Work continues to save South African nature reserve from oil spill

Sep 16, 2002 02:00 AM

South African environmentalists are working tirelessly to protect a coastal conservation area from an oil spill. Salvage workers have already used earth moving machinery and oil booms to reinforce a natural sand bar closing off the mouth of the sensitive estuary.
They now aim to re-float the beached leaking vessel so it can be towed away from the area in a process that will take at least 48 hours.

Italian-registered The Jolly Rubino was abandoned on September 13 after an engine fire blazed out of control.
It ran aground 300 metres off Cape St Lucia, about 370 miles east of Johannesburg and within the boundaries of the Greater St Lucia Wetland Park. The ship's position threatens the Umfolozi River and a nearby estuary accommodating mangroves, crocodiles, hippos and a turtle nesting area.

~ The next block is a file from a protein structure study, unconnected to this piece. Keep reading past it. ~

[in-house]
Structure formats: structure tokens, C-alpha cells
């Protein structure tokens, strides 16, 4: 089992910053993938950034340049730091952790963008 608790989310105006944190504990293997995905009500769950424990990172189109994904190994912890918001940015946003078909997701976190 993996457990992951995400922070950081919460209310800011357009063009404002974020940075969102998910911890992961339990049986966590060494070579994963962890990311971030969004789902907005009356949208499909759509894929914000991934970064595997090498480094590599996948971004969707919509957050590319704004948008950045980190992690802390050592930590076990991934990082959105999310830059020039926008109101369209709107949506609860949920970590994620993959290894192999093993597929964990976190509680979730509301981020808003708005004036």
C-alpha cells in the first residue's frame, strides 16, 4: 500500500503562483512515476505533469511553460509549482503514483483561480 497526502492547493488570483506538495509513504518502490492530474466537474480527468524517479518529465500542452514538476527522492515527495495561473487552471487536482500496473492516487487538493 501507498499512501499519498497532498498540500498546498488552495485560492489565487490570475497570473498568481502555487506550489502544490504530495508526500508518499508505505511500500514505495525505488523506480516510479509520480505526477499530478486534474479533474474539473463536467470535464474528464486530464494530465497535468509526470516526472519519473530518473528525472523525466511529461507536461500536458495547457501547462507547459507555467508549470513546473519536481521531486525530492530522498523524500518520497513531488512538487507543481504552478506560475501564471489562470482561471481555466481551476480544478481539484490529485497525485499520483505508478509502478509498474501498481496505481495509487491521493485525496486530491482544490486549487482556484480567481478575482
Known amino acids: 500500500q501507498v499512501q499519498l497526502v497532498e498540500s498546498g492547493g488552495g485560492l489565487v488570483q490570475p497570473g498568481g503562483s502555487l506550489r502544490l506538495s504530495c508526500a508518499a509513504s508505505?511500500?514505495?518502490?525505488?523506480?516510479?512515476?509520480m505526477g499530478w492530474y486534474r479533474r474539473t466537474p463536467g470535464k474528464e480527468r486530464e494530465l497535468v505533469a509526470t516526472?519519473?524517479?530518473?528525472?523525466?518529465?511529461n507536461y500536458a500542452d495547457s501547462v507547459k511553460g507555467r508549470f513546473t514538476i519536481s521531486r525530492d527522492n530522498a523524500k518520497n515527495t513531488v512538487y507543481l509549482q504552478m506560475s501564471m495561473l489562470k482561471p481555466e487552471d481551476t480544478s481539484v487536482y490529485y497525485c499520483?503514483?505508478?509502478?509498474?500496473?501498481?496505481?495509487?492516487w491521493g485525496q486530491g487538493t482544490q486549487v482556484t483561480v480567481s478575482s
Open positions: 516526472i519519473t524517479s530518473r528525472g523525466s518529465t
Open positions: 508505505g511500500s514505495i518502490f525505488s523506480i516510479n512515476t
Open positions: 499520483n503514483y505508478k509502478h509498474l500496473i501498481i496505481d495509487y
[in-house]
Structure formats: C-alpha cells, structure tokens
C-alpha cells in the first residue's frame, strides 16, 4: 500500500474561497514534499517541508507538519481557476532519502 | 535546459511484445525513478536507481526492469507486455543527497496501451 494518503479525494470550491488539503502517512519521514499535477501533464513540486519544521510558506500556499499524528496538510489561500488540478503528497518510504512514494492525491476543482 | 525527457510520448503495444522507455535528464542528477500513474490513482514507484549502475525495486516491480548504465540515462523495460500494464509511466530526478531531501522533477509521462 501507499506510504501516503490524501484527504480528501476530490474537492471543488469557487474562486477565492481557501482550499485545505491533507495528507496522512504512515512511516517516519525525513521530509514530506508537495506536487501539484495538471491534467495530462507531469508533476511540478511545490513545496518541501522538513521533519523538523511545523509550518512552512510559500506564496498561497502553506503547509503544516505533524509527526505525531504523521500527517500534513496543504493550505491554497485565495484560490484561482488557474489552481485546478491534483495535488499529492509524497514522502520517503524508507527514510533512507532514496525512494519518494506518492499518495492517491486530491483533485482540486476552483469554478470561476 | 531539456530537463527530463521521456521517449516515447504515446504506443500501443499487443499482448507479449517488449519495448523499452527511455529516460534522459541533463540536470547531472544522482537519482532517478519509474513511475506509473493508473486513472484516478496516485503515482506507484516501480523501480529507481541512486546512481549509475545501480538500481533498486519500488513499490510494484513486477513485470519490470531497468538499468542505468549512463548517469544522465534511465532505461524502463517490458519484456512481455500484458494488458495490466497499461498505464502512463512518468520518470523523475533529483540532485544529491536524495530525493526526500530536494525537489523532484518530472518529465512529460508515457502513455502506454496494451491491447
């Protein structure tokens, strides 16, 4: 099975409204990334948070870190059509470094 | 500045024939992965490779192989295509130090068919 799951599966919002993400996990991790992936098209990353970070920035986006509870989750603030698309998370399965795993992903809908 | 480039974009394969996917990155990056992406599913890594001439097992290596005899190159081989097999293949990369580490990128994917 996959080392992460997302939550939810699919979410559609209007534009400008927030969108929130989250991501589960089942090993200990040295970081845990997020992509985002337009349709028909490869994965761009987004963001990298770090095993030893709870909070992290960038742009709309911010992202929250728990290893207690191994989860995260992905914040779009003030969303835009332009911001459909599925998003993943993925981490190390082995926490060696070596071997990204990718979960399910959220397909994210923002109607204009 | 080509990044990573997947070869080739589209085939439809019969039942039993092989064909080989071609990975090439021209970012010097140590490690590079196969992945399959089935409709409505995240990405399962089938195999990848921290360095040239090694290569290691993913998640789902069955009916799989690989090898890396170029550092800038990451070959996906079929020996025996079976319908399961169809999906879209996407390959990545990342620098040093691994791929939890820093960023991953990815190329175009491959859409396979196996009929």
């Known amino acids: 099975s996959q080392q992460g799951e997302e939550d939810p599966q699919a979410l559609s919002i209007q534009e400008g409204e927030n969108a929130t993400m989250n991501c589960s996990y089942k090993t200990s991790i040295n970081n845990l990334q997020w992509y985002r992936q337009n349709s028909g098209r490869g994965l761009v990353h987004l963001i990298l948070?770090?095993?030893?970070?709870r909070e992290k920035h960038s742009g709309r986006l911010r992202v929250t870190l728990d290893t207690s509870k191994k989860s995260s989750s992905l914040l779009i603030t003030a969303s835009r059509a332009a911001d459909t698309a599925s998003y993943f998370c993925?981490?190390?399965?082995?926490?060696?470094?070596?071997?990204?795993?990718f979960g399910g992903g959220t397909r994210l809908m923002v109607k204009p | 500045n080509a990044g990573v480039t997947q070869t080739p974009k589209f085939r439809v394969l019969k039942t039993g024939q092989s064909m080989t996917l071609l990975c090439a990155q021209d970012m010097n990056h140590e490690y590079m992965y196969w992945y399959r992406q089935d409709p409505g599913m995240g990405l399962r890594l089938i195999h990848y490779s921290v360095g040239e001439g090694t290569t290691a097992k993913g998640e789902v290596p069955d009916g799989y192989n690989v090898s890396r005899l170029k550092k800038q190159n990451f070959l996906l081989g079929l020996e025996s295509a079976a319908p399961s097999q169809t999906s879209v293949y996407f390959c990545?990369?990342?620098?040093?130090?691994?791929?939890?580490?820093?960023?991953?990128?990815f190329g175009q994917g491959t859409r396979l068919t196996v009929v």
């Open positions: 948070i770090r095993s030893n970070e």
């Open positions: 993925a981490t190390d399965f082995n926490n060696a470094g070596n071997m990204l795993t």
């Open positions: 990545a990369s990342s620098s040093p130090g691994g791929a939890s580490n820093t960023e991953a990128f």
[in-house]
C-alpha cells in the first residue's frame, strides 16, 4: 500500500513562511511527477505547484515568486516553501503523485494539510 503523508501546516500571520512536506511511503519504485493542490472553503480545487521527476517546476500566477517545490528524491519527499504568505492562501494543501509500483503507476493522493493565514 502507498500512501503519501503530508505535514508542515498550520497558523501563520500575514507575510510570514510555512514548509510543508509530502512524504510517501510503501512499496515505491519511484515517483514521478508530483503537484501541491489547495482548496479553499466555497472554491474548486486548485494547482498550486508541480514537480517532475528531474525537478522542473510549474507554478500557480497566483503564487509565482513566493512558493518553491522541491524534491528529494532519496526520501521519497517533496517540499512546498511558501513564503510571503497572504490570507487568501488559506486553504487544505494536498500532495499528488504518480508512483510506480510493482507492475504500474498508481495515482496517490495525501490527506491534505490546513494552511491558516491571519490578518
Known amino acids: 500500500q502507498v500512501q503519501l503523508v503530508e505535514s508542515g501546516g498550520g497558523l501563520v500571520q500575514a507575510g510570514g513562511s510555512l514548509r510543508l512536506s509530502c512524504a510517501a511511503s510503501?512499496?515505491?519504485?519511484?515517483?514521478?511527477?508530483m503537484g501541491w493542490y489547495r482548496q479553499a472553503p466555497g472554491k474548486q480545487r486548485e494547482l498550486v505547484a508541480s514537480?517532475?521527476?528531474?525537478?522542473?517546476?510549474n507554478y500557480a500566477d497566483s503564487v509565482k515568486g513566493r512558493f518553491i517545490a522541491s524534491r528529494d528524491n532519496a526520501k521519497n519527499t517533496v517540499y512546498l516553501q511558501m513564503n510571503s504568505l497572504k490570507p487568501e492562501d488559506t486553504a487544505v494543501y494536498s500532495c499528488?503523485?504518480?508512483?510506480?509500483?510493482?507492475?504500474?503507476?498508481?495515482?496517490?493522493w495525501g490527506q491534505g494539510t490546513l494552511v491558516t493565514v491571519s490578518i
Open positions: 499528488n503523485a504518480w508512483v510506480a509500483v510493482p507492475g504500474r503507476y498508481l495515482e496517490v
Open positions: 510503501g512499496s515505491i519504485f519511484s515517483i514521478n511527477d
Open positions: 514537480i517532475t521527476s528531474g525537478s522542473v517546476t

Officials say the situation is manageable at present, but say that will quickly change if the condition of the ship worsens. Spokesman for the provincial wildlife board Jeff Gaisford said: "The situation at the moment is by no means an ecological crisis. Although if the ship cracks any further and releases more oil, that would change."
The 30,000-ton ship developed a crack on September 13 and began leaking a small stream of oil and diesel fuel. It is carrying 1.2 mm litres of fuel oil and 300,000 litres of gasoline. The cargo also included highly-combustible acetone and methanol as well as the toxic chemical phenol.

Source: Ananova
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